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In Their Own Words: African-American Contributions to the American Film Industry by Gerene Freeman


Guide Entry to 96.03.14:

I believe it is safe to say that a large majority of my high school students are avid movie-goers. Most of them, if not all, have a VCR in their homes. Amazingly many students are quite sagacious concerning matters pertaining to the blaxploitation films generated in the Sixties. Few, however, realize that African-American involvement in film making had its inception as early as 1913. Through this curriculum unit it is my intention to provide high school students, at Cooperative High School for the Arts and Humanities, with an overview of two African-American film makers and their contributions to film. Oscar Micheaux will be utilized as an example of African American contributions made to the silent era by African-American pioneers in the film industry. Matty Rich will be used as an example of contemporary contributions. I have decided to look at Matty Rich as opposed to Spike Lee, John Singleton and/or Julie Dash for very specific reasons. First because he was so close to the age (18) many of my high school students are now when he made his first movie Straight Out of Brooklyn. Secondly, he emerged from an environment similar to that in which many of my student find themselves. Lastly, I believe he could represent for my students a reason to believe it is very possible for them to accomplish the same thing. I do not anticipate allocating an inordinate amount of time focusing on the negative aspects (i.e. the obstacles, omissions, distortions and stereotypes) prevalent in American society and film that very likely provided these film makers with the impetus to tell their own stories. However it will be touched upon. It is my intention to have students examine and evaluate the accomplishments made by these individuals in spite of the roadblocks they faced. I will attempt to accomplish this by providing them with an overview of each of both Micheaux and Rich and having them explore for themselves the political, social and historic climate from which these film makers emerged. Additionally, they will be required to view and critique one of their films.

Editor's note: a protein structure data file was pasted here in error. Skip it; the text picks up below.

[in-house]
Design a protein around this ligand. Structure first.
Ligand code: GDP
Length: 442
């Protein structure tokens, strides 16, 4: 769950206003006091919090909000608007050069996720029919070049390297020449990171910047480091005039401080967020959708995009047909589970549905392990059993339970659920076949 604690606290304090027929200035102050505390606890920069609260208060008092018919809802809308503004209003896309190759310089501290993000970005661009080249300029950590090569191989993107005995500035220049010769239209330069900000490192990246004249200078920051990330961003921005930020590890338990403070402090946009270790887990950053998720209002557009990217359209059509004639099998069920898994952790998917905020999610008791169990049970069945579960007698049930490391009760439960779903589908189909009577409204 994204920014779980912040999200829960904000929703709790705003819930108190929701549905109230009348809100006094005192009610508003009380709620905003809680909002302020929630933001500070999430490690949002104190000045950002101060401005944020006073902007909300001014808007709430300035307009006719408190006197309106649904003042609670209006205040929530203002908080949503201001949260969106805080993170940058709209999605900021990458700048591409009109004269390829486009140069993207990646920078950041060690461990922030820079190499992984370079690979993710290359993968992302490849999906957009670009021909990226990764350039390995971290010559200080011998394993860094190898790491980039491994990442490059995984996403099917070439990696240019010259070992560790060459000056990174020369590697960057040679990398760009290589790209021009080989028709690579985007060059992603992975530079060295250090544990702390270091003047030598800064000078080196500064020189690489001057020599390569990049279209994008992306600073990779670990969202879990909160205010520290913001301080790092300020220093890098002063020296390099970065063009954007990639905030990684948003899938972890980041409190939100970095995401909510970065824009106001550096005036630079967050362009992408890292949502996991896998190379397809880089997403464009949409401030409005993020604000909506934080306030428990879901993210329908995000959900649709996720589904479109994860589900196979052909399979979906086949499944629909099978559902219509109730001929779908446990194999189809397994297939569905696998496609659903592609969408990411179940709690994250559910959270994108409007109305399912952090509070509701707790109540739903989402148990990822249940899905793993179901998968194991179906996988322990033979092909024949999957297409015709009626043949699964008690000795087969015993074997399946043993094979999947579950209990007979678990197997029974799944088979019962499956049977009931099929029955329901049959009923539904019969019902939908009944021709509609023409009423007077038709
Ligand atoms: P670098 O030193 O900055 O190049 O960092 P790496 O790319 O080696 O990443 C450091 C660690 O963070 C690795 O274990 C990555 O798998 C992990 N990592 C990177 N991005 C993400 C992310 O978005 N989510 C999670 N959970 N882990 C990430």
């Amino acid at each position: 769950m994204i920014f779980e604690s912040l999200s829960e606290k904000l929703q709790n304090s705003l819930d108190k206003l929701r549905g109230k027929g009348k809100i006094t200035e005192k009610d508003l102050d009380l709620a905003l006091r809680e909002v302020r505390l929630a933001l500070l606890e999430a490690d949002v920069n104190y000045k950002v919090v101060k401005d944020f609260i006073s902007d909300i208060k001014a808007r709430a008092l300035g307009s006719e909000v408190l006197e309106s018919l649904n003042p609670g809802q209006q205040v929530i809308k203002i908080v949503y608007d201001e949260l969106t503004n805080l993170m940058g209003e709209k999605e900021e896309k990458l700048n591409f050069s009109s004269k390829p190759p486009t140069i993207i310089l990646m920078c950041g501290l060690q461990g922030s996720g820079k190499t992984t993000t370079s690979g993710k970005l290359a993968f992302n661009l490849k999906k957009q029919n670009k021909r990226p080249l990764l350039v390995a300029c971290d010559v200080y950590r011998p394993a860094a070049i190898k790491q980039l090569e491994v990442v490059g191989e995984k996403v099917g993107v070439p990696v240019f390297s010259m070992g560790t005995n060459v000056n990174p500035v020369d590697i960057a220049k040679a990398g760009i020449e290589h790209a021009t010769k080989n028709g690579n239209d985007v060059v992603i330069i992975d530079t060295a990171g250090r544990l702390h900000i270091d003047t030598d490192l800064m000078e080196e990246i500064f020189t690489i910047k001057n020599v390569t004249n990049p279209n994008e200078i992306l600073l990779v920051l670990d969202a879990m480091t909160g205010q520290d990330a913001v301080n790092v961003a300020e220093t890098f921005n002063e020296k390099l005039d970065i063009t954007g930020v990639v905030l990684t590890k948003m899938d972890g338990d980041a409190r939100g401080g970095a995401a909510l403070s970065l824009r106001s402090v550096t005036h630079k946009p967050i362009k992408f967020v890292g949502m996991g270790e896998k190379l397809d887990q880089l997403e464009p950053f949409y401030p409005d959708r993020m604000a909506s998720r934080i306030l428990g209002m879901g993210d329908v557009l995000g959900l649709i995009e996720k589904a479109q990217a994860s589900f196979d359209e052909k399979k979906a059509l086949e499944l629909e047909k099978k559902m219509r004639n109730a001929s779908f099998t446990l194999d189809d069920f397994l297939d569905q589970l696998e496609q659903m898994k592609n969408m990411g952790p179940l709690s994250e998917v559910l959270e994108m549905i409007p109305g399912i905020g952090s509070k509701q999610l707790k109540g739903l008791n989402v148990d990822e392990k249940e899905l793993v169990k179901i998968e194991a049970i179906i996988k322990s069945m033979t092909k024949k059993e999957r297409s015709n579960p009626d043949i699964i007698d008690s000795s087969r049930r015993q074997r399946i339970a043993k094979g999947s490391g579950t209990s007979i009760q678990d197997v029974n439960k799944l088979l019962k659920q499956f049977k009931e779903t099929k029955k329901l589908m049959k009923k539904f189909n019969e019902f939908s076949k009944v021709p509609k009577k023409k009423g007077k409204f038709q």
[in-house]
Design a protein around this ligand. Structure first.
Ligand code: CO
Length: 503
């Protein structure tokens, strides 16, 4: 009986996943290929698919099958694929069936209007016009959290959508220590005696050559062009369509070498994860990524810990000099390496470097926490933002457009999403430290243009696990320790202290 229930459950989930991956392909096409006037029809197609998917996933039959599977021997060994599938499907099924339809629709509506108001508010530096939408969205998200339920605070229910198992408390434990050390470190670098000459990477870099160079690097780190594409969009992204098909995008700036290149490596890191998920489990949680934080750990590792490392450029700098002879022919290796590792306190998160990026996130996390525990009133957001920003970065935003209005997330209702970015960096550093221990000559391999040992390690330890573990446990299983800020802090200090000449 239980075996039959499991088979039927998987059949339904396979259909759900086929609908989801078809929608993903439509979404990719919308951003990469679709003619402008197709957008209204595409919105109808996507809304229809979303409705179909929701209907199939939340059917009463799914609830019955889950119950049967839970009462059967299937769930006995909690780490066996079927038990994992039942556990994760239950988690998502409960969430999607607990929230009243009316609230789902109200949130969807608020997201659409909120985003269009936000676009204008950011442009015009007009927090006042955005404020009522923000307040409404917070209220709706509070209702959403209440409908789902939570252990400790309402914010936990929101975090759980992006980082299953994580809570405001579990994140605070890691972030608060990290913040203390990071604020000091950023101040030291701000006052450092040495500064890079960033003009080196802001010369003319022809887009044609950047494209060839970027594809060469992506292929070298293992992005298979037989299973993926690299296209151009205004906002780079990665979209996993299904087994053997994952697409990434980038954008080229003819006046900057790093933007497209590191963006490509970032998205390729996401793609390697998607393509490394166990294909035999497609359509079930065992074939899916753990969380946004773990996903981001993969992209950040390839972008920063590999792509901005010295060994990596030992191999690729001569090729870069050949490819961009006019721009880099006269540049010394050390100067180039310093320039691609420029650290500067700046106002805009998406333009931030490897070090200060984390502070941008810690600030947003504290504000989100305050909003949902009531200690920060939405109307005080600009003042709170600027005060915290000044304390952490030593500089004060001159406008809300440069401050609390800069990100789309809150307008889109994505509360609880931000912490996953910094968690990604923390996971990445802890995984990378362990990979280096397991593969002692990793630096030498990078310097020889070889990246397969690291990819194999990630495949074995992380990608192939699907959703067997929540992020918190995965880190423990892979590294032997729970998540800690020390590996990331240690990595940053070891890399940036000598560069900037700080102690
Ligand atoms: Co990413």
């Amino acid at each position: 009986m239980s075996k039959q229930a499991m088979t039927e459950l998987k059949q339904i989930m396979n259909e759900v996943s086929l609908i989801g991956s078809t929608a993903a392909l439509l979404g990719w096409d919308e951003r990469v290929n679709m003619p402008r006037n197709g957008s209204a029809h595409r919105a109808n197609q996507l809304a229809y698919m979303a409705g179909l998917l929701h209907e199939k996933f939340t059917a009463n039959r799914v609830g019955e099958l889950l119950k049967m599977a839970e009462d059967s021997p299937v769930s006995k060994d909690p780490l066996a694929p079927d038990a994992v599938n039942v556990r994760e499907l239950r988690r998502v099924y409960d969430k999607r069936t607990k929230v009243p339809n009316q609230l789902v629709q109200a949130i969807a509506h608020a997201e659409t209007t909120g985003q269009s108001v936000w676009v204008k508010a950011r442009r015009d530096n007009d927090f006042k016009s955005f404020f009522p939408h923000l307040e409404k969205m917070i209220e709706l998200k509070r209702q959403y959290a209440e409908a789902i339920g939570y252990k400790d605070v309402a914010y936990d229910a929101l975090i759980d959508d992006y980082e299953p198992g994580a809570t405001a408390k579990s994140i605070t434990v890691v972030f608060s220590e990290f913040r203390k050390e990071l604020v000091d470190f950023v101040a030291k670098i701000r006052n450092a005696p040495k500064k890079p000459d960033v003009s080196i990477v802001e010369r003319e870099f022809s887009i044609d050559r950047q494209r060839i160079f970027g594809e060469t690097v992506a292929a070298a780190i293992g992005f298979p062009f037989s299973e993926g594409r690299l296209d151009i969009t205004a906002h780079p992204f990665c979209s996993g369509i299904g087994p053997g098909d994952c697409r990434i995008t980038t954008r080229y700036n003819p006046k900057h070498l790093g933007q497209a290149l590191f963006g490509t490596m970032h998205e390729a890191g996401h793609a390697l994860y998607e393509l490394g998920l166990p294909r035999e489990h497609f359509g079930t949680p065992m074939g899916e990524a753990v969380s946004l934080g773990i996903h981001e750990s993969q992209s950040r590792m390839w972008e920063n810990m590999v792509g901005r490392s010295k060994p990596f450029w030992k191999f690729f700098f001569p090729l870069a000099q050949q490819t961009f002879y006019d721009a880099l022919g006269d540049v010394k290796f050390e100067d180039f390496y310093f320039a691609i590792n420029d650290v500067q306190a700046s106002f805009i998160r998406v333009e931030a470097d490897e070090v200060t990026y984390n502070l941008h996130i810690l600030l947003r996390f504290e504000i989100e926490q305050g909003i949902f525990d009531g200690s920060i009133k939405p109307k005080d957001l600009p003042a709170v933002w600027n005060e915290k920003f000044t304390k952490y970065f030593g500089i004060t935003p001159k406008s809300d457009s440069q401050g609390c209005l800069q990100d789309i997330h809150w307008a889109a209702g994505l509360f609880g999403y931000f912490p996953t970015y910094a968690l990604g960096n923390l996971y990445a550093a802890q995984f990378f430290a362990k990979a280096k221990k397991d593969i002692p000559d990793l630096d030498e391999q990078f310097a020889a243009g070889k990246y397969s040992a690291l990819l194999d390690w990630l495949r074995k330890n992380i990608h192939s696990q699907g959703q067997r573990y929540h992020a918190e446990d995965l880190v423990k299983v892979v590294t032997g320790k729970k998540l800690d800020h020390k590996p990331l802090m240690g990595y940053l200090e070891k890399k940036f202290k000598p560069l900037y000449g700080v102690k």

They will also be requested to evaluate the efforts of these individuals in relationship to society’s perception of and the media’s portrayal of African Americans at the time. Needless to say this will require at minimum a brief examination of African American history relevant to each time frame in order to draw a clear perception of the place allocated to African Americans in the United States.

It is intended also that students will assess the methods utilized by each of the aforementioned to acquire capital for their projects. Students will be obliged to discern not only the commonalties and differences prevalent among these film makers in this regard but they will be expected to consider which methodology was most effective and why. Additionally and of utmost importance, students will be asked to ponder the role of the media in determining the course of society and the ultimate reluctance to allow African Americans (and other minorities) a significant if not an equal voice.

Inherent in this curriculum unit will be the requirement that students in addition to viewing films, read at least one script i.e. Spike Lee’s Do the Right Thing, School Daze or Mo Better Blues. It will also be mandatory that each student write one original scene (at minimum) for a silent movie in the prescribed format for a screenplay which will be provided to them. Once completed these scenes will be disseminated to the following art departments at the Cooperative High School for the Arts and Humanities for their assistance in transforming the scripts to ‘films’:

1) Drama/Dance department

2) Music department
3) Art department

4) Video

This curriculum unit is designed for high school students who have had as a prerequisite of no less than one year of play writing. This is necessary in order to insure that students are adept at developing believable characters and dialogues. It is also vital that they possess a clear apperception of continuity of plot and motivation.

(Recommended for Writing and Film Study, grades 11-12)

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